IV. Practical Considerations

These developments pose significant risk, primarily for non-U.S. companies, given that U.S. companies remain prohibited to conduct virtually all Iran-related activity unless a license applies.

First, the current risk of U.S. designation has now increased, not only for companies acting in the enumerated sectors (construction, mining, manufacturing, or textile), but for companies in any other sectors, given the open-ended nature of the EO 13902 designation authority.  Using a similarly drafted authority, in the Venezuela context, the United States has been willing to identify a new sector and to then designate a person for operating in that sector on the same day (e.g., the identification of the oil sector and the subsequent designation of Petroleos de Venezuela, S.A. for operating in that sector, on January 28, 2019).  While OFAC has not yet utilized its new EO 13902 authorities, it has shown itself willing to designate commercially integrated non-U.S. companies for Iran-related activity (e.g., COSCO Shipping Tanker Dalian) and there is no reason to expect they would not be willing to utilize this authority in the same way.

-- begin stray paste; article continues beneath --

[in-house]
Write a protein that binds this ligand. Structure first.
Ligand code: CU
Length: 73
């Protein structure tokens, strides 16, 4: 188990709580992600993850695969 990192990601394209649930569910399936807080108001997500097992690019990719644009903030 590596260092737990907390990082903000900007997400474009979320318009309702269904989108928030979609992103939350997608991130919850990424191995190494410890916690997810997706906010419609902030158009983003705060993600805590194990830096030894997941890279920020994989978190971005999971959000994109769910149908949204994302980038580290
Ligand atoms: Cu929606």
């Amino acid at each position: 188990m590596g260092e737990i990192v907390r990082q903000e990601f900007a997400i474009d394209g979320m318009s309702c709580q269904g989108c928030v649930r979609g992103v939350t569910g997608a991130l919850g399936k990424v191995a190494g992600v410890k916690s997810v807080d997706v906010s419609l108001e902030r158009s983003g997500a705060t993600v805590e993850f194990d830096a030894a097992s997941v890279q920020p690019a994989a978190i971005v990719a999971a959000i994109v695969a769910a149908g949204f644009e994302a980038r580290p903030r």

Second, there is now a very real risk that the entire JCPOA structure could be repealed.  While the EU3 has continued to reaffirm its commitment to the deal, the United States has withdrawn from the deal and Iran is in material noncompliance.  Unless the EU3 can identify a diplomatic resolution to the crisis—including, presumably, securing Iran’s agreement to begin complying with its own obligations, which seems increasingly unlikely given the U.S.-Iran geopolitical tensions—within the context of the JCPOA’s dispute resolution mechanism, by late February 2020, the EU could elect to begin to re-impose its own nuclear-related sanctions.